The Teacher’s Association of Sag Harbor (TASH) President Eileen Kochanasz revealed on Friday, December 18, that TASH would file formal charges against the Sag Harbor School District for bargaining in bad faith. NYSUT, the teacher’s union representatives, helped draft the charges over the weekend and by Wednesday, December 23, the charges were formally submitted to the New York State Public Employees Relations Board (PERB).
Above: TASH president Eileen Kochanasz speaking to fellow members of NYSUT at a rally in late October.
Unlike civil matters which are argued in court, TASH’s charges against the district will be reviewed, presided over and a final verdict will be rendered by PERB.
“This is the first time [TASH is filing charges against the district],” said Kochanasz on Friday. “We haven’t done this before because it is hard to come up with substantive evidence but we have it now.”
TASH filed two separate charges. The first alleges the district demanded that TASH agree to the district’s proposals in two key areas before returning to the bargaining table in September. Kochanasz stated in a press release distributed Wednesday that “the concessions the District sought hadn’t even been recommended by the Fact Finder in his report less than a month earlier.”
The second charge includes a number of alleged actions taken by the board which TASH believes meets the criteria of bargaining in bad faith.
In the release, Kochanasz claims the board hasn’t authorized its representatives to bargain at scheduled negotiation sessions, while it has established pre-conditions to bargaining and presented proposals which were less favorable to TASH than previous ones.
“[The board's] lack of urgency since February of 2008 in these negotiations has been self-evident, and their assurances to the public that they would ‘negotiate through the night and fully authorize their negotiators to bargain’ ring false and hollow in the face of their actions,” asserted Kochanasz in the release.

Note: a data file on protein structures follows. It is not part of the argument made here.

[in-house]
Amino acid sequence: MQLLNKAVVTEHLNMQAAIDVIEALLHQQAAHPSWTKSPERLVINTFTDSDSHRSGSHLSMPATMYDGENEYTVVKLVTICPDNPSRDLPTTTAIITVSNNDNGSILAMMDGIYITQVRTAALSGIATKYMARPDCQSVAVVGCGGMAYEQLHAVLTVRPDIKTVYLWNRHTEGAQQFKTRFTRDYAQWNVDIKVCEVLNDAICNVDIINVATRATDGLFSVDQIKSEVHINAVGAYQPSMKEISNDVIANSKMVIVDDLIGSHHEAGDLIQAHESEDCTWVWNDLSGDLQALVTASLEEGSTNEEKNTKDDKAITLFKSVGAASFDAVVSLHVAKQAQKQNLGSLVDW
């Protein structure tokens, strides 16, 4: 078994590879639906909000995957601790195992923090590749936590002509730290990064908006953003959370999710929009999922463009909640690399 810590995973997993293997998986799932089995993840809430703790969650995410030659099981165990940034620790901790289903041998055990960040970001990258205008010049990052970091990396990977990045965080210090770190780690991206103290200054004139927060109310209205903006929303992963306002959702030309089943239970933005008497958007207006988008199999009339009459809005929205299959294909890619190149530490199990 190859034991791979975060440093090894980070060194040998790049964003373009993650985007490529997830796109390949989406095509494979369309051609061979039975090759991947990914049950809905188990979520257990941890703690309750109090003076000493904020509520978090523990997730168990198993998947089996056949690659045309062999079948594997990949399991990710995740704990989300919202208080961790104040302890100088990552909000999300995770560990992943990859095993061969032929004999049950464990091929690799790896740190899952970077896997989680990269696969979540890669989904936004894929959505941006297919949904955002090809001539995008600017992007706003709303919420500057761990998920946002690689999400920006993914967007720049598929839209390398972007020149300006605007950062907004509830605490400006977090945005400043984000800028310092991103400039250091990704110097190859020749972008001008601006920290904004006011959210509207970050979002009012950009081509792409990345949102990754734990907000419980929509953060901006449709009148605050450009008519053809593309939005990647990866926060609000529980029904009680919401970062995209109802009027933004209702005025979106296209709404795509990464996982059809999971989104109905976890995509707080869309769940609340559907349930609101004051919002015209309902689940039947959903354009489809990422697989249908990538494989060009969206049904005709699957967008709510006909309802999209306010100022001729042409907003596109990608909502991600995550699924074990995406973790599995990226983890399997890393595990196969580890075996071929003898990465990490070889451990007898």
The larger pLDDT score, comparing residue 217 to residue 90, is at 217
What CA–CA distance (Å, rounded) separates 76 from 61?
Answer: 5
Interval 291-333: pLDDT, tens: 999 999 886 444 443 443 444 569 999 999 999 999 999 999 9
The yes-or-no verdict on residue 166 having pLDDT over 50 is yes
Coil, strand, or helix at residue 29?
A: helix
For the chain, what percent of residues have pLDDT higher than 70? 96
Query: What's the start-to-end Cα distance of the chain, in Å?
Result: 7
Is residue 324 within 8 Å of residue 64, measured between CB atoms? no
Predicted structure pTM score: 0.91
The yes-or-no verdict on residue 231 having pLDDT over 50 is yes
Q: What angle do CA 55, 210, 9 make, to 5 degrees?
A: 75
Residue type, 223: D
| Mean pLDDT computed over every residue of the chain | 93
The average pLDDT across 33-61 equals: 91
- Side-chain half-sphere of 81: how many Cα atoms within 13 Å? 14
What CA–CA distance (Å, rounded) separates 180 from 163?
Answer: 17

The U.S. Office of Personnel Management defines good faith bargaining as “the duty to approach negotiations with a sincere resolve to reach a collective bargaining agreement, to be represented by properly authorized representatives who are prepared to discuss and negotiate on any condition of employment, to meet at reasonable times and places as frequently as may be necessary and to avoid unnecessary delays, and, in the case of agency, to furnish upon request data necessary to negotiation.”
Conversely, the Director of Public Employment Practices with PERB, Monty Klein, characterized “bad faith bargaining” as the absence of a sincere desire of one party to reach an agreement with another party.
“We [the district] certainly believe that we have bargained in good faith and will continue to bargain in good faith,” responded school superintendent Dr. John Gratto in an interview last week. “They [TASH] are alleging that we have bargained in bad faith. Basically their contention is that we need to offer more money.”
“It is an unproductive waste of time and money to pursue this. Really, the issue is that we disagree,” claimed Dr. Gratto.
Dr. Gratto first heard of TASH’s plans through the rumor mill late last week. He met with Kochanasz on Friday and said he urged TASH to abandon the charges.
“Even if PERB sides with the teachers, they would probably direct us back to the bargaining table. PERB can’t make any decisions about what the district should offer,” noted Dr. Gratto.
Klein confirmed that bargaining in good faith doesn’t require an agreement to a particular proposal but speaks to adhering to a process of bargaining. A ruling in this type of case, added Klein, seeks to bring the parties to a position they would have been in had there not been a breech in good faith bargaining.
“This is another tactic to try and force the board to move from their positions that they think are fair towards positions TASH thinks are more favorable,” stated Dr. Gratto. “The board has clearly thought through their proposals and the long term impact of them. Despite the pressure tactics of tee-shirts, personal attacks picketing and filing charges, the board’s position is clearly thought through.”
Klein explained that he will review the charges and then assign the case to an administrative law judge with PERB. This judge schedules an off-the-record pre-hearing conference with both parties to ascertain the issues at hand and see if it can be resolved. If the parties fail to reach a voluntary settlement at this point, the case istransferred to a different judge who issues a formal decision. The pre-hearing conference is scheduled around six-weeks after the charges are first received by PERB. Klein noted that the average case is resolved in about a year, but added that this time frame depends on the particularly case.